Teddy Johnson

Teddy Johnson is a clinical associate professor in the Department of Pharmacy, the director of technology development at the UW’s Institute of Translational Health Sciences and a licensed professional engineer in California. He joined the health care community over 25 years ago after graduating from Stanford University’s mechanical engineering program. Since then he's served startup and Fortune 500 companies in research, design, clinical, marketing and sales leadership roles and has developed imaging, interventional, surgical and digital health products. Along the way, Johnson earned his MBA from the University of Michigan’s Ross Business School. He has celebrated two initial public offerings and four acquisitions, and has earned numerous patents while commercializing dozens of new products worldwide. In addition to BRAMS, Johnson teaches for the UW’s Creative Destruction Lab program and advises startup CEOs in Vancouver, Seattle and Silicon Valley.

Joshua Kim

Joshua Kim is an affiliate assistant professor in the Department of Pharmacy and a graduate of BRAMS. He has a diverse background in quality systems and regulatory affairs in the medical device and pharmaceutical industries. He's the senior regulatory affairs specialist in Boston Scientific’s Peripheral Intervention Division as well as a regulatory representative for the Emerging Therapies Group. In his spare time, he provides consulting services for regulatory affairs and quality system matters through V Scale Consulting, LLC.

Mary Lessig

Mary Lessig is an affiliate assistant professor in the Department of Pharmacy and a senior clinical research associate for a Seattle-area immuno-oncology biotechnology company. A graduate of BRAMS, she has over 20 years of experience in clinical research. Lessig started her career in a nonclinical research laboratory, where she submitted institutional review board and institutional animal care and use committee applications. After graduating from the University of Florida with a degree in biological psychology, she worked in clinical research coordinator and research quality assurance specialist roles at the University of Washington and then at a community-based hospital. Lessig serves on the board of directors of the Junior League of Seattle and volunteers with several STEM nonprofit organizations.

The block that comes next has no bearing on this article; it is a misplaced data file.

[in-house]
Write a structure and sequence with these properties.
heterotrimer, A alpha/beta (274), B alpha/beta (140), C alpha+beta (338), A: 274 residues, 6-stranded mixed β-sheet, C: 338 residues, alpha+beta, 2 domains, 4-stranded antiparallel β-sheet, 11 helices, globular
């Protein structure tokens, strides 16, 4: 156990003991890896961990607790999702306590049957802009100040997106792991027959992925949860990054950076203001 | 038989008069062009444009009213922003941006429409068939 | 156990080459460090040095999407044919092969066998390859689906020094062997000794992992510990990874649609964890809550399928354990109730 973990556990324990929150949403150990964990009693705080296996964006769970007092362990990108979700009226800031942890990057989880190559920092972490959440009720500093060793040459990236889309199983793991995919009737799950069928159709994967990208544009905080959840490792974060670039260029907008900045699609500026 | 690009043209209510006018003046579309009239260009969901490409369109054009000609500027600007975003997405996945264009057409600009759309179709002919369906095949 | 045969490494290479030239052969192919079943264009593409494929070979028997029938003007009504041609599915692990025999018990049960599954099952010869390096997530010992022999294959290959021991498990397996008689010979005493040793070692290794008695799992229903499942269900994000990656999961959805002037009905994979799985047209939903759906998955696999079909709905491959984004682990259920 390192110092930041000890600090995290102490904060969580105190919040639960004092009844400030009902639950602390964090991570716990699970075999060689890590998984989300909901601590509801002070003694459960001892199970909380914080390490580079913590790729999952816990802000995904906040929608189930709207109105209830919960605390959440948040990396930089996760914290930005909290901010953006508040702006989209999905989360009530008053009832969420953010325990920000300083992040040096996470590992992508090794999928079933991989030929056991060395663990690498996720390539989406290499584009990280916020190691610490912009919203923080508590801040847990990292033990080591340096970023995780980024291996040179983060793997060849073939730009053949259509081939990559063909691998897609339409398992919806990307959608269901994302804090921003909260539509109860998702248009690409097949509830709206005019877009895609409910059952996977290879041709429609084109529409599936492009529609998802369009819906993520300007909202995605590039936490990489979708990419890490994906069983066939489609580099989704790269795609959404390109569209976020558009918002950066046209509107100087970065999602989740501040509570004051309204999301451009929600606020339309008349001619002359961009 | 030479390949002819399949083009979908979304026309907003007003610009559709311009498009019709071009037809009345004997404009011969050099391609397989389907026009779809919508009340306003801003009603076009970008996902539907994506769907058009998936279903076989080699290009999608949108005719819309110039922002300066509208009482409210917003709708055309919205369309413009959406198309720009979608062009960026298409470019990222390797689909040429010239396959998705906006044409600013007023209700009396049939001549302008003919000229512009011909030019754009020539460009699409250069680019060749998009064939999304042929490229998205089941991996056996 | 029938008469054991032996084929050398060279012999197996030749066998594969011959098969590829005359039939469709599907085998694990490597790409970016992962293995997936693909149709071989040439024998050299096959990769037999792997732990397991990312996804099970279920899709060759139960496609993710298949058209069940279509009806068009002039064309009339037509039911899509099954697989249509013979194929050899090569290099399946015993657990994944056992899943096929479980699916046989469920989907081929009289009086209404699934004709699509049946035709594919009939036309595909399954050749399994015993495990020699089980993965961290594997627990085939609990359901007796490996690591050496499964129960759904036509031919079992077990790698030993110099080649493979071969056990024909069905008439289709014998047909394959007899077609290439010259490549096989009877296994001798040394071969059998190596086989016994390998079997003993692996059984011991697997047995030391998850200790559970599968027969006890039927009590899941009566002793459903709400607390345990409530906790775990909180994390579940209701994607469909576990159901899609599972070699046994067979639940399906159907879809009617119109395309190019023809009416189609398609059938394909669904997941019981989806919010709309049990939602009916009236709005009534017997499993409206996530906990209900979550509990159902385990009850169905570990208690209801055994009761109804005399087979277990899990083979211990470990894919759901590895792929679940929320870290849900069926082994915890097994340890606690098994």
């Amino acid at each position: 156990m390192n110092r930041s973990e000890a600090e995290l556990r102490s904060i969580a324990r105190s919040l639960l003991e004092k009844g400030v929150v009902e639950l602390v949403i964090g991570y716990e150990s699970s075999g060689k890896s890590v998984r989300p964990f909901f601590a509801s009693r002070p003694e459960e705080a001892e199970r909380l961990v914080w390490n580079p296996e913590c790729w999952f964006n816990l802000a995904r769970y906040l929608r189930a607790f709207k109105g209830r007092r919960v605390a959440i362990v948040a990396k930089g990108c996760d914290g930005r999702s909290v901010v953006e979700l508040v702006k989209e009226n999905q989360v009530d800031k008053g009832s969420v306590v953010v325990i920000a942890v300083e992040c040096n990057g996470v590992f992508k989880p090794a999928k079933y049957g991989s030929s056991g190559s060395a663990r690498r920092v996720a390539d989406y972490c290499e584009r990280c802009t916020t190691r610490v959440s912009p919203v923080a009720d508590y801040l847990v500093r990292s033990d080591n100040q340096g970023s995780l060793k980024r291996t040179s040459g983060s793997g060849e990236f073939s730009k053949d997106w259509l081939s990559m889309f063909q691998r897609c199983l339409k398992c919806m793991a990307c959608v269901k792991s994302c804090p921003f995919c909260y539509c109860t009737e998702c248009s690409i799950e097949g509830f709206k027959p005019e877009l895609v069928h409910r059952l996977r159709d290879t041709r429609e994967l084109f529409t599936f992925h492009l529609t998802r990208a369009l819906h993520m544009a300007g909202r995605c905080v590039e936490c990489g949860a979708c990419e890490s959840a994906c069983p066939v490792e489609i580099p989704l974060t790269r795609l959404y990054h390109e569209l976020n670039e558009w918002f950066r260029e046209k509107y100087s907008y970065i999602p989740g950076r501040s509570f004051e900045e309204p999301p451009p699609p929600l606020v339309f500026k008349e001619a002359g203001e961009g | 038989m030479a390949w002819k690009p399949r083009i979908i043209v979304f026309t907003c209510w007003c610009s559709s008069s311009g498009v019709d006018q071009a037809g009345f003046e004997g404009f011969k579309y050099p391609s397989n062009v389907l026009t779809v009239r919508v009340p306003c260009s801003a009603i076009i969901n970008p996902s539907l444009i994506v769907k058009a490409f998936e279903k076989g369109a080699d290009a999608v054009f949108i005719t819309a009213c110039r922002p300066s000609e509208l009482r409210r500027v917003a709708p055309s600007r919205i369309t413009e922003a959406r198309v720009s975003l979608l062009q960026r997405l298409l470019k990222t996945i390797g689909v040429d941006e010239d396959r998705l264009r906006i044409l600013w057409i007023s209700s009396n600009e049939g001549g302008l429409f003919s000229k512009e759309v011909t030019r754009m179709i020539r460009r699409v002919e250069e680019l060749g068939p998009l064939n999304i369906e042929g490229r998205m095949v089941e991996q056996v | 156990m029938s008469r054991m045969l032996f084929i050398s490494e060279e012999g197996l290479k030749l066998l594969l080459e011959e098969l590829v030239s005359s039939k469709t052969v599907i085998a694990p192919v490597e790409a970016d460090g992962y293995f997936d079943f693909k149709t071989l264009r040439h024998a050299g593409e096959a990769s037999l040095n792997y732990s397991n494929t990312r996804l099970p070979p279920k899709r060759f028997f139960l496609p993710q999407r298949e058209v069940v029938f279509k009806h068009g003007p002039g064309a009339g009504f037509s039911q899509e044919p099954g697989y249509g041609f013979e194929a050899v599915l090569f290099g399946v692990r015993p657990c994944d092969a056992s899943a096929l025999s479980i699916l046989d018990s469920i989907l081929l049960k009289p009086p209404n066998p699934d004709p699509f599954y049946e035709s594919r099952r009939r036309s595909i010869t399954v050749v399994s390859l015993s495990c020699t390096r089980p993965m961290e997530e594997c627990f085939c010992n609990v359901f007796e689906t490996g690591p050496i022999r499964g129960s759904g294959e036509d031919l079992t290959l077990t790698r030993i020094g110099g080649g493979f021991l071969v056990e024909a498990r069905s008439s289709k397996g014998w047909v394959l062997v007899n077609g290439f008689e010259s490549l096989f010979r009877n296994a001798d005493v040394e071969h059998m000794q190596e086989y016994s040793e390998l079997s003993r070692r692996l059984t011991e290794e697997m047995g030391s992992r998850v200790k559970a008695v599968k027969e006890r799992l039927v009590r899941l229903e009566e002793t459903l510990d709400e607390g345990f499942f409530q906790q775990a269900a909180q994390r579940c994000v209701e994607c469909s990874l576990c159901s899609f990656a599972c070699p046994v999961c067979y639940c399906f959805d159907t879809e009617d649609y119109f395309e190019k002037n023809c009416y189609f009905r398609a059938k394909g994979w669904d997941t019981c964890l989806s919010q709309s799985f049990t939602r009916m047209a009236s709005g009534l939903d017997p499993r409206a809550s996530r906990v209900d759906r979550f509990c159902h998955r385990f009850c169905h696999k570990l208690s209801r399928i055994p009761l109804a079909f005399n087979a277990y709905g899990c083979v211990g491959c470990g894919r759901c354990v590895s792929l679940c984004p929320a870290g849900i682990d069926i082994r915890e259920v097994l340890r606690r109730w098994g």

Brent Lewis 

Brent Lewis is an affiliate assistant professor in the Department of Pharmacy. He began his career in biotechnology, establishing and overseeing the quality control labs for biotechnology products where he wrote the chemistry, manufacturing and control (CMC) sections of several investigational new drug (IND) applications. Lewis went on to become a vice president of quality and regulatory affairs at several global medical device companies where he managed complex 510k submissions; led routine and for-cause FDA inspections; resolved FDA warning letters; oversaw mergers, acquisitions and integrations; and established quality systems for various companies. Today, as an IT leader responsible for quality, regulatory, R&D and commercial IT solutions at a global medical device company, he's at the intersection of quality, regulatory and business operations, and focused on solutions to harmonize them. He has a bachelor's degree in biology from Seattle University.

Lori Martell

Lori Martell is an affiliate assistant professor in the Department of Pharmacy and the senior director of medical writing for a Seattle-area immuno-oncology biotechnology company. Martell began her research career in neurotransmitter-mediated cell signaling at The University of Michigan Medical School, and after completing a doctorate in pharmacology she collaborated with neurosurgery colleagues to establish the Brain Tumor Research Laboratory. She has worked for over 20 years in the biopharmaceutical industry for both startup and global pharmaceutical companies, supporting regulatory and clinical document development for novel therapies in oncology.